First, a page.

The MD/CEO Globasure Technologies Limited Mr Chris Ife, Examines the roles of the Central Bank of Nigeria (CBN) and the Nigerian Communications Commission (NCC) in driving cashless initiative.
The Central Bank of Nigeria (CBN) had in January 2011 announced the commencement of cashless policy in Nigeria, beginning with Lagos as a pilot scheme. The policy was designed to modernise payment system in the country, promote financial inclusion, minimise financial leakages, and to increase internally generated revenues. Having been successfully implemented in Lagos State, CBN extended the cashless initiative to Rivers, Kano, Ogun, Anambra and Abia states as well as the Federal Capital Territory (FCT) from July 1, 2013.
Although the cashless initiative is bank-led, it is largely driven by telecommunications infrastructure provided by telecoms operators that operate at the background in driving the cashless policy. Telecommunications’ regulatory body, the NCC, has been very contributory to the success of the cashless policy, through its regulatory control and enforcement of rules that have promoted cashless policy in the country.
Under the policy, the CBN pegged daily cumulative cash withdrawal or deposit limit for individual accounts at N500, 000 per day and N3 million per day for corporate accounts.
However, to avoid the penal charges associated with withdrawing and depositing funds above the prescribed limits, banks have rolled out various electronic payment platforms to ease the burden associated with carrying cash.
In order to make the cashless policy hitch-free in the states where it has been extended to, CBN recently announced the deferment of charges for individuals and corporate account holders who wish to withdraw or lodge cash above the prescribed limits. The charges were deferred till October 1, 2013. CBN had pegged charges for cash withdrawals above the limit for individual accounts at three per cent of the total withdrawal, and five per cent of the total withdrawal for corporate accounts, but decided to defer such charges till October 1, this year, for the Federal Capital Territory and the other five additional states that the cashless policy has been extended to.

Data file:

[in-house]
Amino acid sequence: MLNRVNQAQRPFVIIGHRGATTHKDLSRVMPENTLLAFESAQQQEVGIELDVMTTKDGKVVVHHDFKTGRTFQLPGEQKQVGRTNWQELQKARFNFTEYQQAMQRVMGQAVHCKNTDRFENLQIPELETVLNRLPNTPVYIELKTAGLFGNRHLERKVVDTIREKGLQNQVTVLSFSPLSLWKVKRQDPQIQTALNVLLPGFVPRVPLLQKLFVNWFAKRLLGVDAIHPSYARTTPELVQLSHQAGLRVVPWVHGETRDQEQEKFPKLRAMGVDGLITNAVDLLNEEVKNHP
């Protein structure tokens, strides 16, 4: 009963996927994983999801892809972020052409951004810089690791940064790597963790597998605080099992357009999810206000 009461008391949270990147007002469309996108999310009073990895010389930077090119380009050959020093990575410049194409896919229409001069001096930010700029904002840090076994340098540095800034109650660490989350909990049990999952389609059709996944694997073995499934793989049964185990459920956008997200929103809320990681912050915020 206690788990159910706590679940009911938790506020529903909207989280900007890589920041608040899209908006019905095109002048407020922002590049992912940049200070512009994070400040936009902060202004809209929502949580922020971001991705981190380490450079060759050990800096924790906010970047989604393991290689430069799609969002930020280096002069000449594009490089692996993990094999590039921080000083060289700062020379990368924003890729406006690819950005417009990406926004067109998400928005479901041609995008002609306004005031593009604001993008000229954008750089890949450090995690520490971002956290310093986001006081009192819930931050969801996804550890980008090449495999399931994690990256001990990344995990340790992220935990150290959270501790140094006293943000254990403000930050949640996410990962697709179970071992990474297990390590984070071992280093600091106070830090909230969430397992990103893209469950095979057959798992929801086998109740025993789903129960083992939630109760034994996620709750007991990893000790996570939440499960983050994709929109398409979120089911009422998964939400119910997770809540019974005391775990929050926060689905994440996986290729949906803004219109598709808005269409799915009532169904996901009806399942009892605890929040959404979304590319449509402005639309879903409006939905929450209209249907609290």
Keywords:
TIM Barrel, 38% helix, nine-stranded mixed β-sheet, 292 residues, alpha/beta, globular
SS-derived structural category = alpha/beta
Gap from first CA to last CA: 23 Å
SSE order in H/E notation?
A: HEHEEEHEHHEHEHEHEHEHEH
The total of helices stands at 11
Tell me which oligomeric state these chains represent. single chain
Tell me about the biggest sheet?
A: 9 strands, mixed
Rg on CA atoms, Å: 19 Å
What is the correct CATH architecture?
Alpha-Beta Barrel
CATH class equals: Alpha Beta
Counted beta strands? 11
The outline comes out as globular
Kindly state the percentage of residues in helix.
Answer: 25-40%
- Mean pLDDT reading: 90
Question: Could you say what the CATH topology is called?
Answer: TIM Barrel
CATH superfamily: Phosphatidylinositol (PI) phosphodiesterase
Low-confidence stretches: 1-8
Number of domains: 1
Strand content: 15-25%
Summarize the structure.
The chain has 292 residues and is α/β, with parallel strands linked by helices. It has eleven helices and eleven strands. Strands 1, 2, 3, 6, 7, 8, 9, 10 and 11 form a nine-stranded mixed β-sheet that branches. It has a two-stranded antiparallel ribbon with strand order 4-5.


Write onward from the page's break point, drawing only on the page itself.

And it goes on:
The Director, Corporate Communications at CBN, Mr. Ugochukwu Okoroafor, who announced the new initiative, said “CBN did the same when the policy was first introduced in Lagos State. We want to make sure that we carry every state along and we will continue to sensitise Nigerians on the benefits.”
The Nigerian Communications Commission (NCC), the telecoms industry regulator, is poised at improving service quality across networks. It is collaborating with the CBN to drive cashless economy, in the area of service quality, since the telecoms operating companies, which the NCC regulates, is providing the infrastructure and the platform on which the cashless policy runs.
According to the Executive Vice Chairman of NCC, Dr. Eugene Juwah, Nigeria needs a functional cashless economy that is driven by mobile money and to achieve this, the infrastructure driving it must be robust to carry data from one network to another.
“For this reason, NCC is doing everything possible to ensure that the CBN’s initiative on cashless is sustained through a robust telecoms infrastructure,” Juwah pointed out.
He called on all financial institutions that were registered and licensed by CBN to drive the cashless policy with much commitment, in order to ensure sustainability of the policy, which he said, was already yielding results, since its introduction.
According to Juwah, the commencement of the five-year Strategic Management Plan (SMP) for the information and communications technology (ICT) industry will further boost cashless initiative in the country, since it was meant to address the issue of service quality among other things.
Projected from 2013 to 2017, the plan seeks to address all the challenges in the telecoms sector, with a view to setting up roadmap that will guide and promote telecommunications activities in the next five years, beginning from this year.
Another area that will boost the cashless initiative is in new innovation and value-added services.
The NCC said it was keen at encouraging telecoms subscribers to increase their value-added services, to further drive cashless economy.